Convinced that the human lifespan is too short for ensuring a stable state organization, from 1918 he began designing a framework of self-government of various professional groups and ethnic minorities, in order to found a well-balanced state based on proportional representation and cooperation of such groups.

He was Speaker of the Riigikogu from November 20, 1922 to June 7, 1923.

Liberal 1920s were not favorable for such efforts, because proposals for constitutional reform were rejected by the partial political establishment. However, two professional self-governments (the Chamber of Commerce and Chamber of Agriculture) and two cultural self-governments of ethnic minorities (German and Jewish) were founded during this period (until 1934).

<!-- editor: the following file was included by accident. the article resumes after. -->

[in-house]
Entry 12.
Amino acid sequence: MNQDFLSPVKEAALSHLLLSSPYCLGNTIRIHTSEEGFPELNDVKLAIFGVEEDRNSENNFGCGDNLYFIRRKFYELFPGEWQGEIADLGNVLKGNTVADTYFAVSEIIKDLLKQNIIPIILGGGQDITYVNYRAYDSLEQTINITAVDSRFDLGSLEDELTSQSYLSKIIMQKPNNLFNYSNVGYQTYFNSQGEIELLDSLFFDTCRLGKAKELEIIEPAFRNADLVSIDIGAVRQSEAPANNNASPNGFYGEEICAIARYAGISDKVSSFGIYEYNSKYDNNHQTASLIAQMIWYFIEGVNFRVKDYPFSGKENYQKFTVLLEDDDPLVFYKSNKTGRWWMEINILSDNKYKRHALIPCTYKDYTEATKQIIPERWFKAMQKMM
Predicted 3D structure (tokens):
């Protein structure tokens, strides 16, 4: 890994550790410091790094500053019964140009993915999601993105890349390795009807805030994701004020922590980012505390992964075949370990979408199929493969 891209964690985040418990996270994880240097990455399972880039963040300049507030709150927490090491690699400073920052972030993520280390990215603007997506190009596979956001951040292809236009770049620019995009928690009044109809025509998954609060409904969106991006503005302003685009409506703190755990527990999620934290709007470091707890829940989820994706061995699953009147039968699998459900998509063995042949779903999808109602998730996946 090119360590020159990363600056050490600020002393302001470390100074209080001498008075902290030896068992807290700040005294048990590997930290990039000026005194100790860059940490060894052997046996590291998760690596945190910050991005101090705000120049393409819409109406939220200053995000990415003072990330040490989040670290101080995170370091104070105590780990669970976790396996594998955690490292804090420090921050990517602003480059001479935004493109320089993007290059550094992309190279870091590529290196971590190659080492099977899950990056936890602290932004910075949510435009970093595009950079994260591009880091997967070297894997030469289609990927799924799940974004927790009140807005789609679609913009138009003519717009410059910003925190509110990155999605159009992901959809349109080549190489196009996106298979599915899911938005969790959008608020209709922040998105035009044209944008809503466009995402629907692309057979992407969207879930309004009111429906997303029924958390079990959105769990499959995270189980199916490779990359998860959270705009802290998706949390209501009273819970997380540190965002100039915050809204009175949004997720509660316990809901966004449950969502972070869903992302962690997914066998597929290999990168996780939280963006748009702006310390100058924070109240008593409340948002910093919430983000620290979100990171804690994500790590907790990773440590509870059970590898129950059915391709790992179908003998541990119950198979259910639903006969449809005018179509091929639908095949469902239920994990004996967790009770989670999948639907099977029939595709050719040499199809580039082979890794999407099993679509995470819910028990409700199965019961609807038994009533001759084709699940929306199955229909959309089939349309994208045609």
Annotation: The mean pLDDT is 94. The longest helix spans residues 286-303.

In the beginning of the 1930s, amidst economic and constitutional crisis, he was called by Kaarel Eenpalu to assume again political leadership of the state. (Eduard Laaman in his biography of Päts ("Pater Estoniae") draws a parallel to Cincinnatus).